Traffic culture: pedestrians ahead!

An experiment began 70 years ago in Danish and Dutch cities, including some in German Westphalia: turning away from the automobile city and towards bicycle traffic. Especially in Copenhagen you can experience wonderfully wide cycle paths, which in this country must appear almost paradisiacal to cyclists who are used to hopping through tree roots.

The phenomenal Christiania tricycle became the rolling symbol of this reorientation. A terrifically easy-to-steer load carrier that not only transports children and groceries, but also washing machines plus a table, chair and other items clamped over them – still in these days.

This “away from the car” is closely linked to the name of the Danish urban planner Jan Gehl, who was born in 1932 – may he still be around for many years to come. His book “Cities for People” (in German from Jovis-Verlag) is to be given to all politicians, city planners, business people and citizens who are fixated on individual automobile transport. It shows how much space can be gained in a city for playing and being together when we free ourselves from the auto-fixation of our planning and debates. And it shows that even in large cities like Copenhagen, the car – if public transport is adequately developed! – not a necessity, but a usurpation of power: Who is allowed to take up more space – and who is not?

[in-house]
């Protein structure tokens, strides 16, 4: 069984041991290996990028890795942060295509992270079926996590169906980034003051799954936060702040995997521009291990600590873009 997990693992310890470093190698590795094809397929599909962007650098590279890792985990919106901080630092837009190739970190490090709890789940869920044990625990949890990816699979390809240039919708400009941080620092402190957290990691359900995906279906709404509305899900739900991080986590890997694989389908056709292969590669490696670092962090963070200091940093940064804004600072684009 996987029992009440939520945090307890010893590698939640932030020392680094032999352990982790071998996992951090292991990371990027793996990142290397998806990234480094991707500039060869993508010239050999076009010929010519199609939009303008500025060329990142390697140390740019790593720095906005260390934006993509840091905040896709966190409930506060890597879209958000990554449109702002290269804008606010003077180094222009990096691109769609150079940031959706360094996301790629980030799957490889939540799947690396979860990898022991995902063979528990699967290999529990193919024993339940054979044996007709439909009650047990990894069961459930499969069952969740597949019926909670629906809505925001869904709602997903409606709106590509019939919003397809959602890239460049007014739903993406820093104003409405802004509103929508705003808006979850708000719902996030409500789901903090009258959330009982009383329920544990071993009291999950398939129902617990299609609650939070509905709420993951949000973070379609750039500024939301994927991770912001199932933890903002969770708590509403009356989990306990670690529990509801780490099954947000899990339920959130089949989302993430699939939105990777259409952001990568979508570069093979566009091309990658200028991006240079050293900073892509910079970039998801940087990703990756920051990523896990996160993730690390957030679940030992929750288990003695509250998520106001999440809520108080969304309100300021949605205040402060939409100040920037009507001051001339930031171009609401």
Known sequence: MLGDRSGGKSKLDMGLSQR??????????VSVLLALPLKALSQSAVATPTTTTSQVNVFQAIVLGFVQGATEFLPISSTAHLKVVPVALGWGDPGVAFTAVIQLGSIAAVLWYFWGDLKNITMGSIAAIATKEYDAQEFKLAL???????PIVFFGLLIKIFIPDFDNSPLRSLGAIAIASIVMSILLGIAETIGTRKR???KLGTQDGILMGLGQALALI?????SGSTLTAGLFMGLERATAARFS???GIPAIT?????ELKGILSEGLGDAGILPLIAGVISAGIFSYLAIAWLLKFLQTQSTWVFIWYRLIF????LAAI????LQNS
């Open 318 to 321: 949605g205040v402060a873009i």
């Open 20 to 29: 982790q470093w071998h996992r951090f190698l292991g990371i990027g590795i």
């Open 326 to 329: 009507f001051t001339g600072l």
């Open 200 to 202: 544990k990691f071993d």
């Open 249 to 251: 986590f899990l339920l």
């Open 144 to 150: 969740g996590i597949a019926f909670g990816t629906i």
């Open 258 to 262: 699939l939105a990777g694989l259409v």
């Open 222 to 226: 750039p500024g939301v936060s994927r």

The fact that a garage space costs more per square meter in Hamburg or Berlin than a children’s playroom is no coincidence, but the result of a fundamentally misguided policy that finds standing metal more important than rampaging brats.

But Copenhagen also shows how resilient this driver policy is. Even the body of this green capital is still furrowed by broad lanes of traffic. At best, they were narrowed down – and thus a new power structure mediated by space allocation established: the pedestrian walkways there are often remarkably narrow. Now it’s the relatively young and those who are new to cycling who take their space here and in turn discriminate against children, the elderly and pedestrians. Read Jan Gehl: This is not how a city is created for people, only one for traffic.

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Source: Tagesspiegel

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